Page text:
Evolving the MIRACL Core library (4 min read)

Dr Michael Scott

MIRACL Core library code

Over the past few weeks our Chief Crypto Officer, the highly respected Dr Michael Scott, has highlighted the benefits of the MIRACL Trust® authentication. No need for passwords, no storing of credentials and friction free to use. MIRACL also offers a leading open source cryptographic library available in 7 computer languages. Today, Michael reminds us of this capability and the exceptionally high standards it operates under.

MIRACL Core is an open source cryptographic library, quite like no other. Its most remarkable stand-out property is that fully compatible versions are available in 7 different computer languages, C, C++,Java, Javascript, Go, Swift and Rust. Plus a cut-down Python version, and simple tool-driven conversions to Wasm and C#. You can find it here:

https://github.com/miracl/core

The library is focused on curve based cryptography. But it also includes standard hashing and AES encryption standards, legacy support for RSA encryption, and even a post-quantum module (although post-quantum cryptography isn’t really ready for show-time just yet).

Now when implementing cryptography there are very strong reasons for adhering to standards. In part because crypto is complicated, those who deploy cryptography to secure their products very much like to keep to established standards issued by trusted international bodies. These standards bubble up from the international cryptographic research community.

Now you can either love standards or loathe them, but you cannot ignore them. And to be honest sometimes we cryptographers get it badly wrong. Some standards find it hard to shake off their academic roots. Some offer far too many options, so there isn’t just one standard, but dozens of them to choose from. Best thing is for as many as possible to get involved, so that bad choices can be headed off. As you might suspect, it’s a slow process.

In the world of curve-based crypto there are some interesting standards cooking away slowly on a low heat. One involves the standardisation of pairing-friendly elliptic curves, required to implement protocols based on the relatively new science of pairing-based cryptography (of which our own M-Pin protocol is one example). To this end some Japanese scientists have taken a lead. Their current proposal can be found here

https://datatracker.ietf.org/doc/draft-irtf-cfrg-pairing-friendly-curves/

But for the purposes of this blog, we will focus on this emerging standard

https://datatracker.ietf.org/doc/draft-irtf-cfrg-hash-to-curve/

….as it gives me a chance to indulge some simple mathematics. Now elliptic curve cryptography works with a set of points on a curve. Visualize a simple graph with x and y coordinates. A point (x,y) satisfies an equation that looks like

y2=x3+ax+b

For us x and y will always be whole numbers. Now for a particular protocol there may be a need to map something like an email address to a point on the curve. Seems easy, but there is a catch. Convert the email address to a whole number, and call it x. Now solve for y and we have a point (x,y). Finding y requires us to evaluate the right-hand-side of the curve equation, and then find its’square root. Now what is the square root of 4? Its 2 says you, but then you remember your school days and correct yourself. It’s actually +2 or -2. There are two square roots. And with the type of maths we use in cryptography it turns out that the right-hand-side for a randomly chosen x may have two square roots, or it may not have any square roots at all! The first case we can handle, but if no square roots exist we are in a bit of trouble.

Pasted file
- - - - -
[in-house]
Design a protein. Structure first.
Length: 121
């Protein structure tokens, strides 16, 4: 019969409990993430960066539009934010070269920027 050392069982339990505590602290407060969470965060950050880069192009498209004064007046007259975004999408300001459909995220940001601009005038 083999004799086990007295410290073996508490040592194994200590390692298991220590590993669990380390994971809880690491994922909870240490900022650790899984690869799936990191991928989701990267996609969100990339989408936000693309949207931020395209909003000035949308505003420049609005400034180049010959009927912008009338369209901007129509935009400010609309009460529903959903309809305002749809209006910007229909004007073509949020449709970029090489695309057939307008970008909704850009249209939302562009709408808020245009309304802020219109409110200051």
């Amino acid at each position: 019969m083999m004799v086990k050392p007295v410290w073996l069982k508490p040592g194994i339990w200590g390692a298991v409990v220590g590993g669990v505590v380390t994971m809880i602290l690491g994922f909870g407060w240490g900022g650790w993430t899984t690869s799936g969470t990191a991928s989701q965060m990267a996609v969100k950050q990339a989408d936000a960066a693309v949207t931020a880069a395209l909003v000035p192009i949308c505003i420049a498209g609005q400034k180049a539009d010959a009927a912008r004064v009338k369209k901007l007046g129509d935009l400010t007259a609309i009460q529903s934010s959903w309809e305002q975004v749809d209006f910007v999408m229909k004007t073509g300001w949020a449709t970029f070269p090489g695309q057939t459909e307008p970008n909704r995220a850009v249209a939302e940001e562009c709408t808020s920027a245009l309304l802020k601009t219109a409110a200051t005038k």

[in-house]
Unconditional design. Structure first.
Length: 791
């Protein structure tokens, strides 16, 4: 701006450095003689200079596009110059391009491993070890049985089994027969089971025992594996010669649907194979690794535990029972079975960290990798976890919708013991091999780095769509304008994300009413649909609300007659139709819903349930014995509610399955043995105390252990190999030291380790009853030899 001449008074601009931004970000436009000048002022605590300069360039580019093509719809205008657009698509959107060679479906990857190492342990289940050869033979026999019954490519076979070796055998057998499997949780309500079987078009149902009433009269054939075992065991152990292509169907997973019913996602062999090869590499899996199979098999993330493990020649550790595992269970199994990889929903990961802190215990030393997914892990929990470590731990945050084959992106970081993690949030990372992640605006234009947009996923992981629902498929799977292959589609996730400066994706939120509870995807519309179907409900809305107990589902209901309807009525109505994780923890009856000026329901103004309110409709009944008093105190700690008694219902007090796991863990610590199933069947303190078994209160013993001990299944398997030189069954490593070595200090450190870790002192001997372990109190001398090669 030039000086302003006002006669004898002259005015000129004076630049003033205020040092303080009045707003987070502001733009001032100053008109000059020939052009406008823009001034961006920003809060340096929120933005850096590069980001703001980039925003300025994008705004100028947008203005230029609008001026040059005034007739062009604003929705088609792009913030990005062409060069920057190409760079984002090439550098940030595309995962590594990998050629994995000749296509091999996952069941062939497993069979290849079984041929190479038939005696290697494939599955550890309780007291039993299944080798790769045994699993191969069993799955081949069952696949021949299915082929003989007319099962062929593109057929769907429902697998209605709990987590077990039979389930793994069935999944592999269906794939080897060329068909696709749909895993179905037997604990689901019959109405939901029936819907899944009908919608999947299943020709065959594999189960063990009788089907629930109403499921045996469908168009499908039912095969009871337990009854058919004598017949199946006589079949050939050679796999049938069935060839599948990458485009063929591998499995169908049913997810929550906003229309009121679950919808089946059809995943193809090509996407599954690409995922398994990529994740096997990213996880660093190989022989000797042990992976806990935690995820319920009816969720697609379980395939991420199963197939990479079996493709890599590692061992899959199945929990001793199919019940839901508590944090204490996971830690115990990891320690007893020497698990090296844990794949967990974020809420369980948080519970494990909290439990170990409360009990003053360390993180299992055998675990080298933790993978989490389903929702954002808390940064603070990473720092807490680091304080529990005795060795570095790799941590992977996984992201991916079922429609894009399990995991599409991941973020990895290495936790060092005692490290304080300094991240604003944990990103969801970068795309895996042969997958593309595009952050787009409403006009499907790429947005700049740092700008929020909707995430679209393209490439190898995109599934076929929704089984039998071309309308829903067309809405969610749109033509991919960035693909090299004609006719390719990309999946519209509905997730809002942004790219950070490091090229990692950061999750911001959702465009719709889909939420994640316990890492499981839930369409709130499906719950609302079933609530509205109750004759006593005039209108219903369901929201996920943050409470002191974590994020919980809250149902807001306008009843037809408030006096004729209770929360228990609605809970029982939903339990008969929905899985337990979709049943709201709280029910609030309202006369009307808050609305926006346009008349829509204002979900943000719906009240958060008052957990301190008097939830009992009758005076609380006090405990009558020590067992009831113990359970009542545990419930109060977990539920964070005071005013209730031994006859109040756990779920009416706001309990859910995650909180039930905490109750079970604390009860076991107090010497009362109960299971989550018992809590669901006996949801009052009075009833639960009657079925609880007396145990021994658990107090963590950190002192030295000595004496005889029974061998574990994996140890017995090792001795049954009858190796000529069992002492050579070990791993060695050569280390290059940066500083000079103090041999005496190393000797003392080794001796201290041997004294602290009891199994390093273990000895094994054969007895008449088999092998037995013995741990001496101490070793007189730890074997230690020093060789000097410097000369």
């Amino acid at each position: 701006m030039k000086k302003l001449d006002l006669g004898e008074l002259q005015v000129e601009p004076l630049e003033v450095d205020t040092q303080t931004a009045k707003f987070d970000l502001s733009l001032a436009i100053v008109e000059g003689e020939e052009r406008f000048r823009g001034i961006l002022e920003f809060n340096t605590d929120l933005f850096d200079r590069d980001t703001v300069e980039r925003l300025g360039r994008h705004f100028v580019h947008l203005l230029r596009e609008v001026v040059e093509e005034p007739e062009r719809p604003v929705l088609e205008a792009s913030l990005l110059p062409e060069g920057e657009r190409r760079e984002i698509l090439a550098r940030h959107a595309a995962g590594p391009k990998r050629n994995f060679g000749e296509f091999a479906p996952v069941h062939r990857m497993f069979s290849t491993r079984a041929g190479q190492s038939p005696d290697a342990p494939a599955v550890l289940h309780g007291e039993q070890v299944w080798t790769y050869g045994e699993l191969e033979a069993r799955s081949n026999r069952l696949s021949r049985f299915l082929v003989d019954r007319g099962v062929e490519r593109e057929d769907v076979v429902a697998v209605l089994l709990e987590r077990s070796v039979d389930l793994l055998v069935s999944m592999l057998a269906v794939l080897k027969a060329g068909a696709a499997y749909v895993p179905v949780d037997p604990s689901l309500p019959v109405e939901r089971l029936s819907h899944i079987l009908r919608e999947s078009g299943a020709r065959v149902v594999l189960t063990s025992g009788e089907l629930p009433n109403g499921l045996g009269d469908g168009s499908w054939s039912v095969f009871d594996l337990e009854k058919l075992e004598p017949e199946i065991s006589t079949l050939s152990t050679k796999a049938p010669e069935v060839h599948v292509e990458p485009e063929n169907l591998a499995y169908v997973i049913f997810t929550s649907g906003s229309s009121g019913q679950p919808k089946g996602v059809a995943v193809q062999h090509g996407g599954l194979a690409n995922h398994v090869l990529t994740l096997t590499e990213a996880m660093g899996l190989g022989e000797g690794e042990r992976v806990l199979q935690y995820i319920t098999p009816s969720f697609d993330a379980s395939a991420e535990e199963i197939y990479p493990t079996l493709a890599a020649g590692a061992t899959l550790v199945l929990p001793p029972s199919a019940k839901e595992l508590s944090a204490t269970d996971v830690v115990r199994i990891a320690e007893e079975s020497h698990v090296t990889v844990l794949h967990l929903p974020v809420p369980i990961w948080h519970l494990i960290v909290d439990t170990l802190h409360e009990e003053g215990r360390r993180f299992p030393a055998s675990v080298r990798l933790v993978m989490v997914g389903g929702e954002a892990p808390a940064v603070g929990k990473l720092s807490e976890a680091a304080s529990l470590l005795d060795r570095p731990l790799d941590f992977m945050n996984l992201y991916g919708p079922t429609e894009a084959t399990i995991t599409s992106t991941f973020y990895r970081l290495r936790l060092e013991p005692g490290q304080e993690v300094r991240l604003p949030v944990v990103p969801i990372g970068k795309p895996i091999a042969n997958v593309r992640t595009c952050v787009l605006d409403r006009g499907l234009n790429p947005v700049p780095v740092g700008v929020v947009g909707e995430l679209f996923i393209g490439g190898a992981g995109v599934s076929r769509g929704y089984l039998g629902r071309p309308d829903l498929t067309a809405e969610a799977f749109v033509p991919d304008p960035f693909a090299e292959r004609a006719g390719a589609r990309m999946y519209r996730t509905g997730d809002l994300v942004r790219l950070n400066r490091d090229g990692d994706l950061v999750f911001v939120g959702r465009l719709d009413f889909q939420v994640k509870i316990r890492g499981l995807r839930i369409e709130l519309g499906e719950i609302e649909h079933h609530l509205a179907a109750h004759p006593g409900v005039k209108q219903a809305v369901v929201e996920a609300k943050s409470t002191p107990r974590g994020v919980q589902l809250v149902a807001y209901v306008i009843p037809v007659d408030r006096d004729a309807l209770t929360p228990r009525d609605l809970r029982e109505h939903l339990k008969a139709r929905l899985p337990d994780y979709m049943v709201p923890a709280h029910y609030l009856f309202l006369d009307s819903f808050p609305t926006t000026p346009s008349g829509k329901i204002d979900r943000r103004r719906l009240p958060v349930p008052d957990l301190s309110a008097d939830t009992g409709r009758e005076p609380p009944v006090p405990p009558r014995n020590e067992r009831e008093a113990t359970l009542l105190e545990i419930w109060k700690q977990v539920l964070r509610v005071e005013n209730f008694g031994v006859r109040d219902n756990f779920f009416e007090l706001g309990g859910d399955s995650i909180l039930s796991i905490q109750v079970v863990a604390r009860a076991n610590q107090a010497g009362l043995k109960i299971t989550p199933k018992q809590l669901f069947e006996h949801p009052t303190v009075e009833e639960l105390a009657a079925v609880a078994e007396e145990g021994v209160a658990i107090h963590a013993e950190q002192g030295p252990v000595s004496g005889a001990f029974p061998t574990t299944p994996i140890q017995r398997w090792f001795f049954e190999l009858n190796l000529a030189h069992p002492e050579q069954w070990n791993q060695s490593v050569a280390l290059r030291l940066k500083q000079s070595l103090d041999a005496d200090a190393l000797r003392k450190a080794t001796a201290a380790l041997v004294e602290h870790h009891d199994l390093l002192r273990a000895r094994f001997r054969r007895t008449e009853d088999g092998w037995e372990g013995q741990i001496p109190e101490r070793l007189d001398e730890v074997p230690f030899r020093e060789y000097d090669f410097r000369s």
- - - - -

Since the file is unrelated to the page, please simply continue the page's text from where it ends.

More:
One idea would be to keep adding 1 to x until we do get a square root. And this would be perfectly fine mathematically. Except cryptographers would recoil in horror at the very idea. Because the number of additions required would depend on x, and this information might leak out, via what we call a side-channel attack.

So how can we map an email address to a point on the curve in *constant time,*that is in such a way that the computation time is identical in all cases, for all values of x? Amazingly and counter-intuitively, due to the work of some very clever mathematicians, it can be done. And that is the whole point of this standard!

So we have been tracking these emerging standards in our MIRACL Core library, providing some input and feedback, shamelessly trying to nudge them in directions that suit our needs, while exhibiting respect and understanding towards those who have volunteered for the thankless job of shepherding us all towards a consensus.

If you would like to talk to us about our library, contact us via miracl.com or find out more here -https://github.com/miracl/core

Dr Michael Scott will be publishing a detailed paper on this topic, due for release this summer. Find out more about MIRACL’s highly secure online authentication by visiting MIRACL or stay in touch via social media, when more details will follow: Twitter@MIRACL | LinkedIn MIRACL

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